As a child of the 1980s, I grew up in a world in which New Zealand were a very competitive side, and usually stronger than England. In 1980 they beat the mighty West Indies, who wouldn’t lose another test series for the next fifteen years. Mid-decade, they beat us home and away in consecutive series. Martin Crowe was at the peak of his powers, and Richard Hadlee sent a shiver down the spine of test batsmen the world over.
Nowadays, it’s a different story. We might be used now to seeing the Kiwis struggle in test cricket, but at least they always had their traditional strength in the limited overs game to fall back on.
Which is why Black Caps fans will be aghast at today’s news of their side collapsing to an ignominious 3-0 ODI series defeat by Bangladesh.
Amidst all the fearful talk of the future of cricket in Pakistan and West Indies, everyone seems to have forgotten about New Zealand. Their game seems in real peril.
To illustrate the point, albeit superficially, how many current New Zealand players can you name off the top of your head? Apart from Daniel Vettori.
Personally, I blame their decline on helmet colour. In those glory days of the 1980s, NZ’s batsmen uniformly wore white lids – most famously, Martin Crowe’s imperious crash-helmet number seemingly borrowed from Graham Gooch. Then they switched to black, and the rot set in. Coincidence?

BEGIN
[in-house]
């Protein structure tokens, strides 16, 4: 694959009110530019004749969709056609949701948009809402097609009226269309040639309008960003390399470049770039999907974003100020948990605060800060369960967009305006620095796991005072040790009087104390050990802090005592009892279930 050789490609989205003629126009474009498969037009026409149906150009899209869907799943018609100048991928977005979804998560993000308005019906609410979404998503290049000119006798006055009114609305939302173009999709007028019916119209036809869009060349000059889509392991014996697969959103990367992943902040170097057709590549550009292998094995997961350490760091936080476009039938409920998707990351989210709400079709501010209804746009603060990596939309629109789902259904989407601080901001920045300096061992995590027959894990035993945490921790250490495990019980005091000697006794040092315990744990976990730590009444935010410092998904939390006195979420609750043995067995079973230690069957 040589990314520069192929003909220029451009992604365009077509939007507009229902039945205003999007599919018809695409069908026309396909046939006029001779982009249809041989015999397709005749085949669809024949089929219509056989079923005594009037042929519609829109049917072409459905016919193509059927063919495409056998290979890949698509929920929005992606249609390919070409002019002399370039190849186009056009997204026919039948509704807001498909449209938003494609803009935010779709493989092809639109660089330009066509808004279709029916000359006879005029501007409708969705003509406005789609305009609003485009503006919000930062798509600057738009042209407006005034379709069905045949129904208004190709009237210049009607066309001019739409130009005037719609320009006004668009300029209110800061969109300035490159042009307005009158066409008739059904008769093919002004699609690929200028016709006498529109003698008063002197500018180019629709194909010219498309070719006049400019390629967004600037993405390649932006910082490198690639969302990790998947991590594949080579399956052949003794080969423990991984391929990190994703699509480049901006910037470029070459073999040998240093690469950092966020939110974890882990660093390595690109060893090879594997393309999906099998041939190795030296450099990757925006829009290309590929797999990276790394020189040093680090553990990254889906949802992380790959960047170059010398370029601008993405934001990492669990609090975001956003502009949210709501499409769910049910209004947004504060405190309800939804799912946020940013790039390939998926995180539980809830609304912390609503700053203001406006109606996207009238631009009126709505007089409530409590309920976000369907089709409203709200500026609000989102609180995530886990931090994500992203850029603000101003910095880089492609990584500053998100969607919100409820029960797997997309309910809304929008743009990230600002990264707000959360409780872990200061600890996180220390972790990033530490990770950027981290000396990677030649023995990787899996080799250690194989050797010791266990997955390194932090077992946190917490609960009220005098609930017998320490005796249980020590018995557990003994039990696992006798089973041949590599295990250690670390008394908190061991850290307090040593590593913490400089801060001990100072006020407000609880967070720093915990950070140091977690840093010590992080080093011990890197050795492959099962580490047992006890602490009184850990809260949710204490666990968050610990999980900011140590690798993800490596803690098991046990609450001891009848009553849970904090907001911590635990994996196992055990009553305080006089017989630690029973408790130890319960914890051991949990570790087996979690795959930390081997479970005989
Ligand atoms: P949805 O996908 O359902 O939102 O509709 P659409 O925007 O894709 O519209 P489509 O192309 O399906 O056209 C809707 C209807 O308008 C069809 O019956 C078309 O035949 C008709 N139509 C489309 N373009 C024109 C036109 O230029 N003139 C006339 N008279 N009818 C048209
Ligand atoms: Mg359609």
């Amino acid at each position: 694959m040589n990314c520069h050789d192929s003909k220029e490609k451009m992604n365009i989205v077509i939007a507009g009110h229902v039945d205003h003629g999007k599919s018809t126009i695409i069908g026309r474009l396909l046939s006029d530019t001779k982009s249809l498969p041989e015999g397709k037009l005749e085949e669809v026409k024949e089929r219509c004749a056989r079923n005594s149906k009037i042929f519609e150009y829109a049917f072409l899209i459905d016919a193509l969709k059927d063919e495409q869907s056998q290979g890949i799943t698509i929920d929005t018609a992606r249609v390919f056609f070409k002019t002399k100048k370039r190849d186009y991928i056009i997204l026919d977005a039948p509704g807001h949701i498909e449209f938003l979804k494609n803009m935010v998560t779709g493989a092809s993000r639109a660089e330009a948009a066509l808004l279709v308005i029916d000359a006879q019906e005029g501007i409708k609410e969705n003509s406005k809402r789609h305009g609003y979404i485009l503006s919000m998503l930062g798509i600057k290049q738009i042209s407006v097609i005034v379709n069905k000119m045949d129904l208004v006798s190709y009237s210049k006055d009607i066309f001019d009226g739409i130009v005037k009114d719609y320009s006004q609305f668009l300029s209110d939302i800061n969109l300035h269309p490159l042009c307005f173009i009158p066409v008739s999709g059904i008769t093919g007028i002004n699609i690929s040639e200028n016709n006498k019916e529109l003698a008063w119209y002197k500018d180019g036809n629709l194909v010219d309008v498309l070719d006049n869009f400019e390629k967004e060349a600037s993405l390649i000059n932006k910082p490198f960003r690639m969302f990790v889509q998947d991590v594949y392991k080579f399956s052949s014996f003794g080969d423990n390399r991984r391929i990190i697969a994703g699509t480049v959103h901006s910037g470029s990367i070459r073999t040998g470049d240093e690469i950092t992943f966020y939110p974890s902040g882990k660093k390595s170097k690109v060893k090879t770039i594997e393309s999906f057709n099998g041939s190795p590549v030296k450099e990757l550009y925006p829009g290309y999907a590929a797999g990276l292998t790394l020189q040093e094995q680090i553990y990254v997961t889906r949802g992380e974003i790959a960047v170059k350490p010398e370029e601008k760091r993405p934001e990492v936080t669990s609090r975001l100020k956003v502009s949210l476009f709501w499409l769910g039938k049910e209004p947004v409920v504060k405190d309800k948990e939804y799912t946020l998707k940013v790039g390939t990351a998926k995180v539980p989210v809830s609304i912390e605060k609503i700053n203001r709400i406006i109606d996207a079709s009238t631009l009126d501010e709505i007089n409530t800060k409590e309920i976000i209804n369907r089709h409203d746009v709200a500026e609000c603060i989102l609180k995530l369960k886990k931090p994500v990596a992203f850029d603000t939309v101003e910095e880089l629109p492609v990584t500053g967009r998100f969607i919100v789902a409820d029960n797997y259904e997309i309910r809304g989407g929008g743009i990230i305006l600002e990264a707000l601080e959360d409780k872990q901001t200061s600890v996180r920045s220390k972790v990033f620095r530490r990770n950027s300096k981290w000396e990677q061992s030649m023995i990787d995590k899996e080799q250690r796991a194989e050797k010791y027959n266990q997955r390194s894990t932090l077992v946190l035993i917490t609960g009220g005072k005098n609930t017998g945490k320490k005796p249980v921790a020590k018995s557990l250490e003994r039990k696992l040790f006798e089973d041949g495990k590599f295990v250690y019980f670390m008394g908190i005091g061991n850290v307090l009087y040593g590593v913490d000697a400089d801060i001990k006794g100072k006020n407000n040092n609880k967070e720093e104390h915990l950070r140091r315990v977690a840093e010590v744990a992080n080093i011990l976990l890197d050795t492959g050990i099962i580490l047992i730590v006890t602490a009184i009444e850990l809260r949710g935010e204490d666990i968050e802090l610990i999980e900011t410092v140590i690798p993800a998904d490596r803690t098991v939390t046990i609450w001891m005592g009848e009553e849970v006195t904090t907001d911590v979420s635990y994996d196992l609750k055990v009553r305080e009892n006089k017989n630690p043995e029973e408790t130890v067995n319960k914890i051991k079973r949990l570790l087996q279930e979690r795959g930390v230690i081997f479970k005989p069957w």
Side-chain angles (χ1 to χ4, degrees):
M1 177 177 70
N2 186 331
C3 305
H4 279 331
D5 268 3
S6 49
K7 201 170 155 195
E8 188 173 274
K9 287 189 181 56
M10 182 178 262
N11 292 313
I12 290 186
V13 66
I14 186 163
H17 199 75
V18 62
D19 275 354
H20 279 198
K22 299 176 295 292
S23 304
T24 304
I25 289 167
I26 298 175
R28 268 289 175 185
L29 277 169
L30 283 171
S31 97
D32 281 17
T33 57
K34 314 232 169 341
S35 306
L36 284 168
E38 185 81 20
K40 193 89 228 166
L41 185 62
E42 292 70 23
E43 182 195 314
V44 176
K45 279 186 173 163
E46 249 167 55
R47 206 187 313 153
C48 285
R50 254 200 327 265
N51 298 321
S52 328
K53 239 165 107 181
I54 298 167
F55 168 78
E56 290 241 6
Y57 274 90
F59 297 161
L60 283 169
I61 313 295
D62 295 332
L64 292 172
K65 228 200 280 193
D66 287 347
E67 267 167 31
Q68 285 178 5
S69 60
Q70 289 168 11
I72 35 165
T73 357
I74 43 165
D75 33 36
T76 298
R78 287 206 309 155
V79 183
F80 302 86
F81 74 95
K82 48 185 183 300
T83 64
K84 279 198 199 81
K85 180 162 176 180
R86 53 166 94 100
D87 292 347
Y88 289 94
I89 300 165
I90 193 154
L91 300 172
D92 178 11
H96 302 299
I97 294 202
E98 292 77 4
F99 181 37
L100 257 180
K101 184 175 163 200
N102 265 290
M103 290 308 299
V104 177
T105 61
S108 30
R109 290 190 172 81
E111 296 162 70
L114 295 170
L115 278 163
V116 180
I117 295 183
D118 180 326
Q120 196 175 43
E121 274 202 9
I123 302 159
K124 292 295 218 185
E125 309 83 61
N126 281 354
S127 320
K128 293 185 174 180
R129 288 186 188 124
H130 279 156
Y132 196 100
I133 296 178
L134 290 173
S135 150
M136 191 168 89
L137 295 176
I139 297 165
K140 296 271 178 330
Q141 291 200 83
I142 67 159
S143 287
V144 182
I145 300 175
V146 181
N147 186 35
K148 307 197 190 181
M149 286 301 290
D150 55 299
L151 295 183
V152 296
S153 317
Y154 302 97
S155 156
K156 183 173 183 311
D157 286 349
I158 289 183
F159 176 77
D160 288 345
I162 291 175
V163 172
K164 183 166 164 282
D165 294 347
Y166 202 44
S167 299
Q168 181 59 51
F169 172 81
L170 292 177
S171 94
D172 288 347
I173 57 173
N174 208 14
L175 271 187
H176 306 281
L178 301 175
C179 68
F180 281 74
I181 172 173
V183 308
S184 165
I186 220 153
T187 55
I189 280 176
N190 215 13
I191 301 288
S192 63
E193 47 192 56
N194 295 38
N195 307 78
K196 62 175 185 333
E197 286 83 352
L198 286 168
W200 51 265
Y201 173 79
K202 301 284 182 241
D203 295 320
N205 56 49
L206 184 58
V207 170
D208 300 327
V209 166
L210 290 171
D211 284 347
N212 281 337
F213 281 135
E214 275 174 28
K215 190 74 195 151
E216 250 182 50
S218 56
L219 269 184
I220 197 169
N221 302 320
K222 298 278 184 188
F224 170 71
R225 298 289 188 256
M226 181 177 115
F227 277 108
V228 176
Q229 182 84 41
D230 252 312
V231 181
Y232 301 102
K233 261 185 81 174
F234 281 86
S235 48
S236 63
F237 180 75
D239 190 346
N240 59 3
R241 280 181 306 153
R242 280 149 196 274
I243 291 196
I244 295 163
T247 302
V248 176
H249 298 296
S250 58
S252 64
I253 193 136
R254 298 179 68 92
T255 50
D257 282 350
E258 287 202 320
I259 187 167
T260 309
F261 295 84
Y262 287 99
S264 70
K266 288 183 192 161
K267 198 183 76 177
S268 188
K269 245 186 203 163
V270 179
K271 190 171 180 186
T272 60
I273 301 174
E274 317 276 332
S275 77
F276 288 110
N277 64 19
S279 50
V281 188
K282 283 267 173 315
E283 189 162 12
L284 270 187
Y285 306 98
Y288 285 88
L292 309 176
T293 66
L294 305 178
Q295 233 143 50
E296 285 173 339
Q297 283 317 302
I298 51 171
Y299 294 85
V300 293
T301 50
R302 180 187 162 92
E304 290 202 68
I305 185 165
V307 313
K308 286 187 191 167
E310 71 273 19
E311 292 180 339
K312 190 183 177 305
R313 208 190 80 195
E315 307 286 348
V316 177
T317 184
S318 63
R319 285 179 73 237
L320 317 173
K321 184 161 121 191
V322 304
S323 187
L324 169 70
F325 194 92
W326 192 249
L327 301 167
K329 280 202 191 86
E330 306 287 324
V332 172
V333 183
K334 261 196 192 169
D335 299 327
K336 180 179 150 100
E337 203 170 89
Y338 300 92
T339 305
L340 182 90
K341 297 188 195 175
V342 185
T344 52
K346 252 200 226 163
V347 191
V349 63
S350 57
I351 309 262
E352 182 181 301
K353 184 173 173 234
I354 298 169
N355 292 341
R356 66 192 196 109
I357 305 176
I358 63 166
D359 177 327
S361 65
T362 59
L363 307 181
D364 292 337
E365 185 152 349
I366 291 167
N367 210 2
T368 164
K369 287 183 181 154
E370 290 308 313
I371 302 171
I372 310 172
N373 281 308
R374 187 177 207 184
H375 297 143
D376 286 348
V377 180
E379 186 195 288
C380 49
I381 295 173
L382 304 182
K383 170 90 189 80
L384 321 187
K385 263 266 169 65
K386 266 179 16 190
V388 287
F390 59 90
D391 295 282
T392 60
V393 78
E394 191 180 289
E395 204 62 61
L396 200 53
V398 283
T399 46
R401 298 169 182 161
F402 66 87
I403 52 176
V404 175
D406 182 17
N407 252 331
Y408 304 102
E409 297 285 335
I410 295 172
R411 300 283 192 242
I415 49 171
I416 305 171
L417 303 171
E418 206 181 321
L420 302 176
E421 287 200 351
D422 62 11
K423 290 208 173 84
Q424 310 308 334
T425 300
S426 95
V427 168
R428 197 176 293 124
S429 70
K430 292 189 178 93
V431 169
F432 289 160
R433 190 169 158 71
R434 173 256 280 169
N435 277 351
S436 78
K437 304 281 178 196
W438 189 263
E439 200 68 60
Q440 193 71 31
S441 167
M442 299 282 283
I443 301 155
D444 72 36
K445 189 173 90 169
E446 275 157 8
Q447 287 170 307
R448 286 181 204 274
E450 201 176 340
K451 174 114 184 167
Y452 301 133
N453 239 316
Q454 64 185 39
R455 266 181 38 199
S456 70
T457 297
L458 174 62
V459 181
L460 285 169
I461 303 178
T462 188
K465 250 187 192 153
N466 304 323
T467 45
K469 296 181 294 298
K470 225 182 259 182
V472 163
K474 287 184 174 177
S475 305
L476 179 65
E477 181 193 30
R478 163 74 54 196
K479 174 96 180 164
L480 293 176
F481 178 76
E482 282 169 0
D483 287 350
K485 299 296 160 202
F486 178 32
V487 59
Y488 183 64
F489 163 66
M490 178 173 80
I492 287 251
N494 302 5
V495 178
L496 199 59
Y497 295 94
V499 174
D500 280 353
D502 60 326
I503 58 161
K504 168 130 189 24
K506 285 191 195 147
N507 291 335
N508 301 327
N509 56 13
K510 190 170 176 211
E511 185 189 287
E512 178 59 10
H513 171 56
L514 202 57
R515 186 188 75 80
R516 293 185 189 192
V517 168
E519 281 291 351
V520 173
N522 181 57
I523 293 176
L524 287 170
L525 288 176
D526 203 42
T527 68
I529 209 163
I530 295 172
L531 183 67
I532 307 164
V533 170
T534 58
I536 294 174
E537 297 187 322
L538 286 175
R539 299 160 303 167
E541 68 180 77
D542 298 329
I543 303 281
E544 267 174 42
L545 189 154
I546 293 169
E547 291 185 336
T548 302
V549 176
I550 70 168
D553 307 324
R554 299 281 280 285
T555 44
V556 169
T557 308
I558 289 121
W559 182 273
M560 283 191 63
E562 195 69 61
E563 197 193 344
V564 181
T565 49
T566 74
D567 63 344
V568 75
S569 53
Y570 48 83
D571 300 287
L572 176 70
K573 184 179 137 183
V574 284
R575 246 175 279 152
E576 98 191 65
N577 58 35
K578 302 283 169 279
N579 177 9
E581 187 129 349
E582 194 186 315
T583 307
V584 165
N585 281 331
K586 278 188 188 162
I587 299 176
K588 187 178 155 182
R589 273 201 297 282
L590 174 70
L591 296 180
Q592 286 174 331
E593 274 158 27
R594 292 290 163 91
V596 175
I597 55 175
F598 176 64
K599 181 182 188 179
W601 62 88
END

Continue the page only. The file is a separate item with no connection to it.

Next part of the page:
From an England point of view, we can only hope the Kiwis can muster a recovery. English cricket needs New Zealand, partly because we usually beat them but mainly because they’re the international side who, by far, are most like us. Unflamboyant, workmanlike, and often a bit crap – just like us. They’re our closest cricketing cousins. I’ve never been to the land of the long white cloud, but when I’ve seen it on TV during England tours, it always seems just as wet and windy as here.
It would be interesting to hear from some New Zealanders about this. Are we exaggerating? What are the problems facing your game? And the solutions?